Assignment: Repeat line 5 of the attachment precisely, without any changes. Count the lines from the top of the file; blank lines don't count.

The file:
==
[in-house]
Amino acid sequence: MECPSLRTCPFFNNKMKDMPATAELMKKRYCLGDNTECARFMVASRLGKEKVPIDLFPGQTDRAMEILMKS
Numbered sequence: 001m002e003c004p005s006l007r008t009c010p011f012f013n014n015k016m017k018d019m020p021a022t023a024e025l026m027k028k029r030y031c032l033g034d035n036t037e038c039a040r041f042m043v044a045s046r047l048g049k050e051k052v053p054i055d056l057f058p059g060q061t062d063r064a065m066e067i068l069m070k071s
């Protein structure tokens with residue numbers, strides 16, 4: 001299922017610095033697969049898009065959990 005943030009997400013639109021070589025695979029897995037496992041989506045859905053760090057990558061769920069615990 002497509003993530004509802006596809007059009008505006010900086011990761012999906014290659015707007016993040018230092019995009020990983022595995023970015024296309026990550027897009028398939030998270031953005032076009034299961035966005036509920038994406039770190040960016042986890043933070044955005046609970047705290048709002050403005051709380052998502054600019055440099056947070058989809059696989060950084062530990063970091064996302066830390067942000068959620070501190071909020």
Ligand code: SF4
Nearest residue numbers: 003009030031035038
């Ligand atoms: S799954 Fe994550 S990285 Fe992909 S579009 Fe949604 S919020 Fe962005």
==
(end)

Ligand code: SF4